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What to Do When Converting Commercial Property to Residential

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Many commercial property owners and commercial landlords are currently looking at converting their properties into residential homes as the high street takes a hit and leases do not get renewed.

Often a commercial property’s central location, with good transportation links and close proximity to other services and facilities also makes it attractive to the housing market, but getting the right commercial property legal advice can often help landlords avoid costly mistakes.

Commercial Property Investments

Currently stamp duty relief and additional lower cost commercial property make it a good buy for any investor looking to take a chance on high street or town centre redevelopment.  It has happened before when many local pubs changed use and became either flats or local small express supermarkets.

“Pre Covid-19 many of our local shopping areas had diversified into service and hospitality industries; nail bars, salons and coffee shops fill our town and village centres but more and more our commercial property landlords and owners are asking us about the options to convert shops and small commercial units into apartments and HMOs,” said Commercial Property Solicitor, Ben Tatters.

Converting Commercial Property

“Full planning permission is not always needed as such a change of use in many cases are allowed under General Permitted Development. There are plenty of old offices and shuttered shops up for sale at the moment, as well as landlords with vacant or soon to be vacant properties” added Ben Tatters.

General Permitted Development rights allow some types of commercial properties to be converted without consent. Always check with the local authority if permission is needed as you may be in breach and this could cause future legal problems.

What to consider when converting a commercial property to residential property?

The location and size of the property, as always, are key. Many shops and other commercial premises are close to or already within residential areas and some were formerly houses. Converting these types of properties is often more straightforward, though more developments are happening in town centres and in or close to shopping arcades where residents can have shops and restaurants on their door steps.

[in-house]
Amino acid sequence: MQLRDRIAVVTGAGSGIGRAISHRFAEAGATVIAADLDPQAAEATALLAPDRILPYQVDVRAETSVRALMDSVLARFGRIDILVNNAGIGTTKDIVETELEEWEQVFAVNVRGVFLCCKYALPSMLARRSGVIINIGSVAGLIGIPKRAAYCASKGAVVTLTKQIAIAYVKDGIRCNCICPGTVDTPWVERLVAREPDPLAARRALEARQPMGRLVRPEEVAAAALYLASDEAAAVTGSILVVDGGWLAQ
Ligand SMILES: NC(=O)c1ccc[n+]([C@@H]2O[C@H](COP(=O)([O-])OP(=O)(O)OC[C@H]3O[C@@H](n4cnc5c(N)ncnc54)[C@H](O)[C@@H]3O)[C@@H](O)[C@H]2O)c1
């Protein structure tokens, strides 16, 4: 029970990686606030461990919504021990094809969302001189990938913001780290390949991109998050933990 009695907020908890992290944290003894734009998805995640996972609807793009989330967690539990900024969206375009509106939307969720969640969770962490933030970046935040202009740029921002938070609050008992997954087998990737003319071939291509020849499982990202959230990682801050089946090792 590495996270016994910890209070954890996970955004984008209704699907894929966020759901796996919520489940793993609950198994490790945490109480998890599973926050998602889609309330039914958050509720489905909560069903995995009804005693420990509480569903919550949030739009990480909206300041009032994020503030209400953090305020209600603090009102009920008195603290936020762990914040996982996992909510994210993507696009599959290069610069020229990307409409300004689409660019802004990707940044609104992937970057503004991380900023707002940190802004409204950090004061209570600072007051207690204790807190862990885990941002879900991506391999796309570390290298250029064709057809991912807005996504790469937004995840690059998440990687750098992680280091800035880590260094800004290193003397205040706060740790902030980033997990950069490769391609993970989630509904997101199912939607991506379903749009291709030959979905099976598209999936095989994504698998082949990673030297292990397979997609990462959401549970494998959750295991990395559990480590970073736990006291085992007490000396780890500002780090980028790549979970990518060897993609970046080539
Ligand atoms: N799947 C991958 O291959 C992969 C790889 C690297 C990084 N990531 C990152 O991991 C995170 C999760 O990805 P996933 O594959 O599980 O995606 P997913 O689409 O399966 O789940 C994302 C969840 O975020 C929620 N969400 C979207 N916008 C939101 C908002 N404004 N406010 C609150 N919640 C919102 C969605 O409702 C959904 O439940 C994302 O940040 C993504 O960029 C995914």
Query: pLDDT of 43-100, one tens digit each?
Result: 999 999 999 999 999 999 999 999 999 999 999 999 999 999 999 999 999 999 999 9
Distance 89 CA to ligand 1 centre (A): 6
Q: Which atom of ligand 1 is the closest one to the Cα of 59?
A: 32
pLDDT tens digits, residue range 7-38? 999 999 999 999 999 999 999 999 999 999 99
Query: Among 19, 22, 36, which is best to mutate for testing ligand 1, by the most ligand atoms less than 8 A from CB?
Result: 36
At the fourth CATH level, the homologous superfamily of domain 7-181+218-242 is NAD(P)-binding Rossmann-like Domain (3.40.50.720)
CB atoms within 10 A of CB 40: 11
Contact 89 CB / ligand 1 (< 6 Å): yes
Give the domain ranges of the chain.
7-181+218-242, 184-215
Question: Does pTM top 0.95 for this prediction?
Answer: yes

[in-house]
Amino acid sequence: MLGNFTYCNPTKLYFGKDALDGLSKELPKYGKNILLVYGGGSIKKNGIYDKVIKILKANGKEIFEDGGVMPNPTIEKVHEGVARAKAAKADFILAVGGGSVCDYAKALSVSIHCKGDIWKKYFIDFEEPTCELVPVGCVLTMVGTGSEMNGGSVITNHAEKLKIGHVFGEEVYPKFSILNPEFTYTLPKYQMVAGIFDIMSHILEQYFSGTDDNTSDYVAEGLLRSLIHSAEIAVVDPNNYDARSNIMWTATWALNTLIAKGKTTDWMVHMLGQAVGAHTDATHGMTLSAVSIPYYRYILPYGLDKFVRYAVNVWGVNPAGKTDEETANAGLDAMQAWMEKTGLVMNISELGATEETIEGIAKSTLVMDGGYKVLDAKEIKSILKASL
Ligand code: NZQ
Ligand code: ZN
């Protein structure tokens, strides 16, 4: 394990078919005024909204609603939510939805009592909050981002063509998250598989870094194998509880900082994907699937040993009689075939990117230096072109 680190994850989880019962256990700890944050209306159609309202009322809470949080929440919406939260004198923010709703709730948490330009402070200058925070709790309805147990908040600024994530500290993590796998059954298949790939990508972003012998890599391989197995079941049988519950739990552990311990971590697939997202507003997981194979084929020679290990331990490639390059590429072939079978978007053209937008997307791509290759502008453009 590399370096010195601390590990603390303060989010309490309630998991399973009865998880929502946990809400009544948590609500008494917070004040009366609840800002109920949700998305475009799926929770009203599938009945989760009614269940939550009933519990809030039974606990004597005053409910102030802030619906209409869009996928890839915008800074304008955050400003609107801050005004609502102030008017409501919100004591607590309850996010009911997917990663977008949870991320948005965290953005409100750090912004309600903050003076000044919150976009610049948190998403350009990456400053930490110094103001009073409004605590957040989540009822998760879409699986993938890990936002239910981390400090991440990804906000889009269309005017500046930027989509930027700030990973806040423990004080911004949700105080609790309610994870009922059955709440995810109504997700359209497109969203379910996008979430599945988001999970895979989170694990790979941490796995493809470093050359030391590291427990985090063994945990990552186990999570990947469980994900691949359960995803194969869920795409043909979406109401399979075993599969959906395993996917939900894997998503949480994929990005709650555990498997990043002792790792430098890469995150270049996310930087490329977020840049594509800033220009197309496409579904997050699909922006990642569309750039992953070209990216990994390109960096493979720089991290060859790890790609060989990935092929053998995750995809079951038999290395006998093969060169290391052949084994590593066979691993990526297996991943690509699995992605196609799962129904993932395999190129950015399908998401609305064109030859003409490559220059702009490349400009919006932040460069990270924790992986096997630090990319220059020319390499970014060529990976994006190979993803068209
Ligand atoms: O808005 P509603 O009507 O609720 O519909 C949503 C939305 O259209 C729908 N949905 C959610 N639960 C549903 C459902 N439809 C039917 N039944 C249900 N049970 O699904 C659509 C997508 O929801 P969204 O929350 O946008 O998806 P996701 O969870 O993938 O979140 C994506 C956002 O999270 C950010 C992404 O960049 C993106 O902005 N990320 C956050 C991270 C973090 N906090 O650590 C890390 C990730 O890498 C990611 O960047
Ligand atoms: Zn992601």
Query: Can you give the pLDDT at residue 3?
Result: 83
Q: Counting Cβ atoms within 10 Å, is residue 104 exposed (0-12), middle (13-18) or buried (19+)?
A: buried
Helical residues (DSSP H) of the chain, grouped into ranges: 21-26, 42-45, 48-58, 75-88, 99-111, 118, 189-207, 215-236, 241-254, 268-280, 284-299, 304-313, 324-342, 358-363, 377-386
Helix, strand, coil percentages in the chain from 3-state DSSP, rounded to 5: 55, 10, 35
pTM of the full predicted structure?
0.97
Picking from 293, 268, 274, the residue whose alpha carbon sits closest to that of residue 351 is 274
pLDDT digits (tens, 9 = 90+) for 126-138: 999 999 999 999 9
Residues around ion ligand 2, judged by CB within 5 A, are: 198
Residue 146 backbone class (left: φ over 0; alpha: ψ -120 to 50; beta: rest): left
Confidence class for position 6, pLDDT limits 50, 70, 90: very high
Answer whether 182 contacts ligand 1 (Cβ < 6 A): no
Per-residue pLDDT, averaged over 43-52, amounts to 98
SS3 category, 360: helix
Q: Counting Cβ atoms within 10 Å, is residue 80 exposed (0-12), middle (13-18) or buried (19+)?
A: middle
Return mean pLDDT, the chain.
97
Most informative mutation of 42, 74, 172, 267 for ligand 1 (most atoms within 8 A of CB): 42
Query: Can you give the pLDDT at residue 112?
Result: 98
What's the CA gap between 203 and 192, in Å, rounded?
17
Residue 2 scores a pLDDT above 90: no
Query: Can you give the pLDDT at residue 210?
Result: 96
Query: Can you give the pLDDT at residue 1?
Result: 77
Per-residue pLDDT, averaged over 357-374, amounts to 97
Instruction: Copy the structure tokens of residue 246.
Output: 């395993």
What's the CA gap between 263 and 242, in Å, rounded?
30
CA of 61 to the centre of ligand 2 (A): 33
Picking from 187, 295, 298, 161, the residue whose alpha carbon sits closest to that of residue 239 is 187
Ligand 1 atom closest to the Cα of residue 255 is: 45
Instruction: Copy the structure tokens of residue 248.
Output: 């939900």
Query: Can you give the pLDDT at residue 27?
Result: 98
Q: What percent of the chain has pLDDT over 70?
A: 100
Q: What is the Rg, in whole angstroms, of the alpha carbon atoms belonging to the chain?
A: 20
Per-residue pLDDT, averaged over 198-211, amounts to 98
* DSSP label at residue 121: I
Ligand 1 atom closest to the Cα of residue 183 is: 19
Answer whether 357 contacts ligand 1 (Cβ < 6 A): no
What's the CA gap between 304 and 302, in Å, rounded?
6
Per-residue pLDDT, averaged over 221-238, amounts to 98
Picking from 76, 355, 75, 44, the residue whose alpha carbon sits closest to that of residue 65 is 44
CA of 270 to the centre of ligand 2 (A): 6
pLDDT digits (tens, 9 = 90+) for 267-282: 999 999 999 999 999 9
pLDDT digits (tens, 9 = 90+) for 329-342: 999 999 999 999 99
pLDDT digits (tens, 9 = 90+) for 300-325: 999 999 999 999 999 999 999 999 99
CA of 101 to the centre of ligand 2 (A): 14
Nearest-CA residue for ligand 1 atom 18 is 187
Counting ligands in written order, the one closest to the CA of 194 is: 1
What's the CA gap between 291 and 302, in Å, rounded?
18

Conversions in town will usually be to apartments or HMOs. These can require planning permission and have certain conditions attached so it is important to get early advice.

“The change of use of a property is only possible once a tenant has vacated. It may be possible to evict the tenant prior to the end of their lease if they have failed to comply with their obligations under the lease.,” said Ben.

Legal advice should be sought however before taking any steps to remove a tenant from a property.

For advice on all commercial property matters contact our Commercial Property team on 0161 785 3500 or email ben.tatters@pearsonlegal.co.uk

Please note that the information and opinions contained in this article are not intended to be comprehensive, nor to provide legal advice. No responsibility for its accuracy or correctness is assumed by Pearson Solicitors and Financial Advisers Ltd or any of its members or employees. Professional legal advice should be obtained before taking, or refraining from taking, any action as a result of this article.

This blog was posted some time ago and its contents may now be out of date. For the latest legal position relating to these issues, get in touch with the author - or make an enquiry now.

Written by Ben Tatters

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